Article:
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Help with my college list?

mlinnymlinny 2 replies3 threads New Member
I'm going to be a senior this year and haven't put much thought into my college list throughout my high school career. My family is in no way college oriented like some are definitely for MSU (I live in Michigan) and hope to get into MSU.

I plan to go to a college that is close to home (in/out Michigan and possibly the Northeast) and that isn't too far. I want to go somewhere in a suburban setting even though I was born in a city lol.

I have a 3.5 GPA and got an 1130 on the SAT w/writing. I plan on retaking the SAT (probably w/writing) this August and take 2 SAT subjects tests (Spanish + World History) this fall because Princeton recommends them.

My current college lists so far consists of:
- Oakland University
- Michigan State University
- University of Michigan
- Stanford University
- Princeton University

My college lists aren't set in stone since some of the colleges on my list release applications in mid-august to early fall.
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Replies to: Help with my college list?

  • aquaptaquapt 2463 replies51 threads Senior Member
    Have you looked at Grand Valley State U? It is a good match for your stats and has the kind of suburban campus you want. The average stats for entering students are only a tiny bit higher than at Oakland University, but it has a significantly higher graduation rate - 66% compared to 45% for Oakland U. You should be a strong candidate for either, as your stats are right near average for admitted students and both admit around 80% of applicants.

    For MSU, your current stats are right at the 25th percentile mark - so you may be able to get in, but it could definitely go either way - they only admit 66% of those who apply. Is your 3.5 weighted or unweighted? If your weighted GPA is higher, and if your SAT score comes up a bit on the retake, then you could be a lot more solid for Michigan State.

    Schools like UMichigan, Princeton, and Stanford would typically expect to see a weighted GPA well over 4.0, and very high test scores as well. These schools are probably out of reach unless there's some information missing from your post. UMichigan accepts only 26% of applicants, Princeton less than 7%, and Stanford less than 5%. Many students with perfect or near-perfect stats do not get in.

    But in addition to the very good MI public U's that you're qualified for (GVSU, OU, and others), there are others in nearby states that would give you a reduced rate through the Midwest Student Exchange Program. Do you know what, in particular, you might like to study? Anything else specifically that you want in a college, besides a suburban setting? Particular extracurriculars you want to pursue? (i.e. music ensembles, sporting activities, etc?) A few examples of schools that would be affordable through MSEP and accessible admissions-wise would be Truman State in Missouri, Missouri State, UW Eau Claire in Wisconsin, Indiana State, and Kansas State. If you would like a smaller college experience at a public university price, Truman State would be a particularly good one to look at more closely. (Its admissions standards are similar to MSU's, but it is much smaller - 5300 students vs 40,000 at MSU) Hope that helps!
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  • shawnspencershawnspencer 3121 replies12 threads Senior Member
    Stanford and Princeton are not likely to be realistic given your current stats. The good news is there are many schools that fit your criteria! Michigan has a very solid public college system, and neighboring colleges state's colleges may have tuition match agreements (for some reason University of Minnesota comes to mind).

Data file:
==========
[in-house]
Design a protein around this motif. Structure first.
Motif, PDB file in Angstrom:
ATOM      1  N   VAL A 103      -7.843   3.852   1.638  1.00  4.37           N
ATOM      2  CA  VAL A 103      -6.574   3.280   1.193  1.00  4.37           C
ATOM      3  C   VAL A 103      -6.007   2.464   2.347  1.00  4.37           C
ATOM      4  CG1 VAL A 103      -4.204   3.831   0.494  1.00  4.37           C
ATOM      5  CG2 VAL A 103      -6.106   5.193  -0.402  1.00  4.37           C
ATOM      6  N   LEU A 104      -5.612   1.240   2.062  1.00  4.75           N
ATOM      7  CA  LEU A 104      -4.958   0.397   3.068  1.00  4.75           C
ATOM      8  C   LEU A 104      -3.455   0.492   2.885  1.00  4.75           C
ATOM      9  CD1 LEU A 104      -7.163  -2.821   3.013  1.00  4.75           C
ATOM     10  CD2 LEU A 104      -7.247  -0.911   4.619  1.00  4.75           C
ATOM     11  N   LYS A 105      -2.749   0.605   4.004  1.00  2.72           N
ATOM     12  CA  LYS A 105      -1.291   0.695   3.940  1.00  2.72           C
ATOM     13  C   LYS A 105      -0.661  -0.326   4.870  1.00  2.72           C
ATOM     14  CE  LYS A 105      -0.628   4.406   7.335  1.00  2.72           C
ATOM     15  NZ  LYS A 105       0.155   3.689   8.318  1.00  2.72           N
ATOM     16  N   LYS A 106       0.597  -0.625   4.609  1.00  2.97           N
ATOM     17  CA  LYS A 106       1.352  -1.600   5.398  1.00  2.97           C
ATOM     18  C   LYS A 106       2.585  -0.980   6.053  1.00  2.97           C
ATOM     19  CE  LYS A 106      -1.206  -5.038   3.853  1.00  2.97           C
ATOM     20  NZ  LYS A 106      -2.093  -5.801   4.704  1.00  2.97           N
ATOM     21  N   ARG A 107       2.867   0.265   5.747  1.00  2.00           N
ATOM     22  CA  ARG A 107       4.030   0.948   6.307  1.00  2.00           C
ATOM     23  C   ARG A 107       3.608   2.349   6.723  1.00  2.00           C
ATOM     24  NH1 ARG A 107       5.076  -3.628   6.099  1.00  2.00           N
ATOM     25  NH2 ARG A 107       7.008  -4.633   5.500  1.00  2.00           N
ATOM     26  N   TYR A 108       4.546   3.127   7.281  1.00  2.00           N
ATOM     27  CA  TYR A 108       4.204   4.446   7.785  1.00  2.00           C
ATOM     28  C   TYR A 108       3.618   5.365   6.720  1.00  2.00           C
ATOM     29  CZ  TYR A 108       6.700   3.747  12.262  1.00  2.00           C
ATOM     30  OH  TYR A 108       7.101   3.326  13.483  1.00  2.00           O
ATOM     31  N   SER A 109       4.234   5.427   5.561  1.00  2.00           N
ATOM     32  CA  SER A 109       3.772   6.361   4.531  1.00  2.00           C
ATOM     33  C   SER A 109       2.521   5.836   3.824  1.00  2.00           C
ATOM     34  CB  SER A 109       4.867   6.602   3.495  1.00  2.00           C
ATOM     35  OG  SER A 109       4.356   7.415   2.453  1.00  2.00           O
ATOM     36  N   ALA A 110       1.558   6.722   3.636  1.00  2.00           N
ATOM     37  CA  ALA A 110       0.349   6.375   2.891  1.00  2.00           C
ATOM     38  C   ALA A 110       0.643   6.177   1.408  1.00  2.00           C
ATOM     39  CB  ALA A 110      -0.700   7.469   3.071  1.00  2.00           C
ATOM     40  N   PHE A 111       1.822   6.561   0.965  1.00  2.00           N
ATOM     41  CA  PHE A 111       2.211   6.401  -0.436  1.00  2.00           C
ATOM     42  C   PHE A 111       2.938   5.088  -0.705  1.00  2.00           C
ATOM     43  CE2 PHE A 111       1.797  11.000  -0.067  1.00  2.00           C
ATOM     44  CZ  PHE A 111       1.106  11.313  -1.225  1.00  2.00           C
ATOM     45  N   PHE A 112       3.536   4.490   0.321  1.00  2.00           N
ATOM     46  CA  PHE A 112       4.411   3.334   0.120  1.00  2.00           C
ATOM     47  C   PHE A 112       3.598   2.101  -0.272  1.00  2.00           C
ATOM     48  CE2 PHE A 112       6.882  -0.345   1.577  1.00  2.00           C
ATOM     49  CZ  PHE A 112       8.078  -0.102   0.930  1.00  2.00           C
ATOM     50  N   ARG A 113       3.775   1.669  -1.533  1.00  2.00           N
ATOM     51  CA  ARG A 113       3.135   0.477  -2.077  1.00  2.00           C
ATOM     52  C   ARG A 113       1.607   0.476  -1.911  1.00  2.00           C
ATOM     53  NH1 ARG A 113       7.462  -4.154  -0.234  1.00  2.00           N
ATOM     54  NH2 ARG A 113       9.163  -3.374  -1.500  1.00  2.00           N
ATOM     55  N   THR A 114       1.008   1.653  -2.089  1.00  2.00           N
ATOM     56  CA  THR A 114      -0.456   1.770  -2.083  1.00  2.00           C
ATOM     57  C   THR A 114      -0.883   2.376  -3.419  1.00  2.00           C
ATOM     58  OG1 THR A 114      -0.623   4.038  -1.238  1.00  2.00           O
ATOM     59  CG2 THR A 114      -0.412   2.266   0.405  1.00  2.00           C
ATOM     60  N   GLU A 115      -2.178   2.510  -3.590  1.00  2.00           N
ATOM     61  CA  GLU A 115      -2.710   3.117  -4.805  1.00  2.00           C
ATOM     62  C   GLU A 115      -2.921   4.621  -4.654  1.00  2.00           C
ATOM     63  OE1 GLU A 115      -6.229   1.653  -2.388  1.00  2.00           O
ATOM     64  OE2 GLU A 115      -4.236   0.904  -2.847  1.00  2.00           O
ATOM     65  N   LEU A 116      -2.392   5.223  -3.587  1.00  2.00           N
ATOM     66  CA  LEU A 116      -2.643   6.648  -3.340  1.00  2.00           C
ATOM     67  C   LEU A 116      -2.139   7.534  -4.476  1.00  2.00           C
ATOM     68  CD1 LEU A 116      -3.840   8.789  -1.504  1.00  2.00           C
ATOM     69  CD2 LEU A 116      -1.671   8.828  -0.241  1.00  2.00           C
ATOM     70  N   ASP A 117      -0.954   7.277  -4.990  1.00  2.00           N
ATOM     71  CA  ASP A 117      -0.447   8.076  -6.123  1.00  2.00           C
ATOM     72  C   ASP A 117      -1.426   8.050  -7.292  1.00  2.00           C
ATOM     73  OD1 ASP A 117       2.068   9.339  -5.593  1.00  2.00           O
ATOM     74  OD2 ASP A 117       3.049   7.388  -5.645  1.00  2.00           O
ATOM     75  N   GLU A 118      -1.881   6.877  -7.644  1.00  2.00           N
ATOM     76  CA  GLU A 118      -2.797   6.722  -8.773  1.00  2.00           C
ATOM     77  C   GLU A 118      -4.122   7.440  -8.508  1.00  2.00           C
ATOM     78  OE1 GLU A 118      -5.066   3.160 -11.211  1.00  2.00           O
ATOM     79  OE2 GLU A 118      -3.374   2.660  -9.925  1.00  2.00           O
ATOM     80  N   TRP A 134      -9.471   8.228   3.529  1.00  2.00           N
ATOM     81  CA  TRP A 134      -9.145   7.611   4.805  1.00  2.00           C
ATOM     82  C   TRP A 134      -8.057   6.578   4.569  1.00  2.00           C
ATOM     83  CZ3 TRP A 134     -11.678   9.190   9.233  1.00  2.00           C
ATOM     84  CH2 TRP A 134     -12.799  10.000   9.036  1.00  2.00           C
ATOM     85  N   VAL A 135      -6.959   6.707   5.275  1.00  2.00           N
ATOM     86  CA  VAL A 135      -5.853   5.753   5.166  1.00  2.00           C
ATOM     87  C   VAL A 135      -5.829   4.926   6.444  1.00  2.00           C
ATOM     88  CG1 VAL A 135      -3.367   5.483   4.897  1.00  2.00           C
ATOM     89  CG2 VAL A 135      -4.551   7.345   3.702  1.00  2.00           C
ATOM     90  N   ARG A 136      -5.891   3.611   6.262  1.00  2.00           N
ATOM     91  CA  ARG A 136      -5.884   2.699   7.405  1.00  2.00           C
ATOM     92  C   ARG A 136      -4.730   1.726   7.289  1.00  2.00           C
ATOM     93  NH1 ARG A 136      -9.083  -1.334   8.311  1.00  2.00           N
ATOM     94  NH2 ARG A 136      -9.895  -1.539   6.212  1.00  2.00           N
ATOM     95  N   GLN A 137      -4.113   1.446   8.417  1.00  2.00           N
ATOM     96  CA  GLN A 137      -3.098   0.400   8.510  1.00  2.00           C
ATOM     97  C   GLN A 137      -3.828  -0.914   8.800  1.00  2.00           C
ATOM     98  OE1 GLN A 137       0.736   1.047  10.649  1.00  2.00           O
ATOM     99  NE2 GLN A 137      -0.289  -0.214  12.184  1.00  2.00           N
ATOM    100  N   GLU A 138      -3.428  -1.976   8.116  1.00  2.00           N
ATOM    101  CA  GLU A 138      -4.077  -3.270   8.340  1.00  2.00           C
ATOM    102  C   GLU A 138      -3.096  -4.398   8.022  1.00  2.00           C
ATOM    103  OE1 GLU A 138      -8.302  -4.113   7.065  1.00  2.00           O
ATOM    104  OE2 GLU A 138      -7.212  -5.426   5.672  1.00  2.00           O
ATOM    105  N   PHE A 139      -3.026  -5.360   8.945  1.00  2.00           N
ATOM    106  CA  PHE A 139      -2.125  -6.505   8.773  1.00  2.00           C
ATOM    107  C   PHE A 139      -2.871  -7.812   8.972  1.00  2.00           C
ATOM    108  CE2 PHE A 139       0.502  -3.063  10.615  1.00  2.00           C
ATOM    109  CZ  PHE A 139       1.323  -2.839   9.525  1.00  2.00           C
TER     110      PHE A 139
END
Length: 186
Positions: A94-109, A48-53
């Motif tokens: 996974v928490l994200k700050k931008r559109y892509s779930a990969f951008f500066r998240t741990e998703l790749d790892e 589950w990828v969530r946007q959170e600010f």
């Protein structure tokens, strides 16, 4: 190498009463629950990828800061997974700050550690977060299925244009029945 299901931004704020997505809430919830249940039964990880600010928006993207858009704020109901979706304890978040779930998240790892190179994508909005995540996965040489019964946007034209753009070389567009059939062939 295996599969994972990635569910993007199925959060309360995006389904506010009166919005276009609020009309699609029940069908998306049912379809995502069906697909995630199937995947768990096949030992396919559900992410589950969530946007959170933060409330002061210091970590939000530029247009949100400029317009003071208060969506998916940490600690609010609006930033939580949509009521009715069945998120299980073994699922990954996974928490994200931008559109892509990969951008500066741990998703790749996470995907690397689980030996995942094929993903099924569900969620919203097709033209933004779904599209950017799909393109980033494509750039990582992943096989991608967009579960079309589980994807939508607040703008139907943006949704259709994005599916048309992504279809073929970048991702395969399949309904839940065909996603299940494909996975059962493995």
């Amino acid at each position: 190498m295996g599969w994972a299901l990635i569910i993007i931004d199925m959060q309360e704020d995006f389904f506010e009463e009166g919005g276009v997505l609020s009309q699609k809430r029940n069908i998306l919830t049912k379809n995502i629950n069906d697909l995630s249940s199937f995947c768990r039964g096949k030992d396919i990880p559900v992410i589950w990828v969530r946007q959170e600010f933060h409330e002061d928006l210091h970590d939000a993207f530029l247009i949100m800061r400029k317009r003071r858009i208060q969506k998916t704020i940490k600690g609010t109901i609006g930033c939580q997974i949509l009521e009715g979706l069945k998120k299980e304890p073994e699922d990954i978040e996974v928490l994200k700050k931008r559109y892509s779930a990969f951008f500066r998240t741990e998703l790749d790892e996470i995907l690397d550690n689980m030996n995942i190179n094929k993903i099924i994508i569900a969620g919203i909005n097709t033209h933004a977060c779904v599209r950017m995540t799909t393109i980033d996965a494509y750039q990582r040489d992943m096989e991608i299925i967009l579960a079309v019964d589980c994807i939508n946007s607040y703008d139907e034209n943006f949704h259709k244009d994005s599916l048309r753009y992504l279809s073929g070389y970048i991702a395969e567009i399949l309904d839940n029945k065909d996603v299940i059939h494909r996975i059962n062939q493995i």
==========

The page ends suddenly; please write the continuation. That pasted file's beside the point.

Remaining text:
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  • TTGTTG 1663 replies14 threads Senior Member
    Yes, Stanford and Princeton are insanely competitive. Stanford accepts under 5% of applicants, and Princeton is barely higher. This number includes recruited athletes who are competitive at the national level, others with national accomplishments in the arts, etc., and other "hooked" students. The 25/75 SAT range for Stanford is 680-780 RW and 700-800 Math. About a half dozen from my town and surroundings have gone to Stanford in the last few years. Every single one was a recruited athlete. A "regular" student with typical ECs and very high test scores and very high grades is still very unlikely to be accepted. It's nothing personal, just a matter of supply and demand. And the vast majority of people who are not accepted to these schools go on to happy, productive, and successful lives.

    The great news, though, is that there are many, many terrific schools, including the first 3 on your list. Great advice to look into tuition arrangements through the Midwest Student Exchange Program.


    You don't mention the financial side. How much can your family afford to pay? That is absolutely crucial. Unfortunately, possible schools might be unaffordable. Typically public in-state universities are going to be the most affordable options, and any OOS schools that offer tuition matching. The exceptions: an offer of significant merit aid and/or significant need-based financial aid. You are a good student and are asking the right questions. Merit aid, though, often requires very high scores/grades. You might explore aid at some public universities that are not as competitive (as a Michigan, Wisconsin, UNC, UVA, William and Mary, etc.). If you would rather go to a place, like, say, the University of Arkansas, which is a state flagship/research university, and/or schools in Post #1, you could run the net price calculator (NPC), which will give you an estimate of what you would be expected to pay. Every school has this, and you can google it.

    Otherwise, that leaves need-based aid. You can google "colleges that meet full financial need." These include the wealthiest and most competitive schools, like Stanford and Princeton, but also a few that are not so insanely competitive (for everyone).

    A final thought, you might explore Colleges That Change Lives (CTCL) and Work Colleges (the latter especially if your family will be paying little to none of your college costs). Probably most of the CTCL schools will be too expensive, but maybe you could target a couple that look promising and run the NPC to see if you can find any good financial news.


    Among the work colleges, where students work for their educations, I only really know Berea, which is a very fine LAC with inspiring students. Note that you need to start the application process early there, and must interview.

    Good luck!
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  • MYOS1634MYOS1634 43281 replies471 threads Senior Member
    What's your parents' income?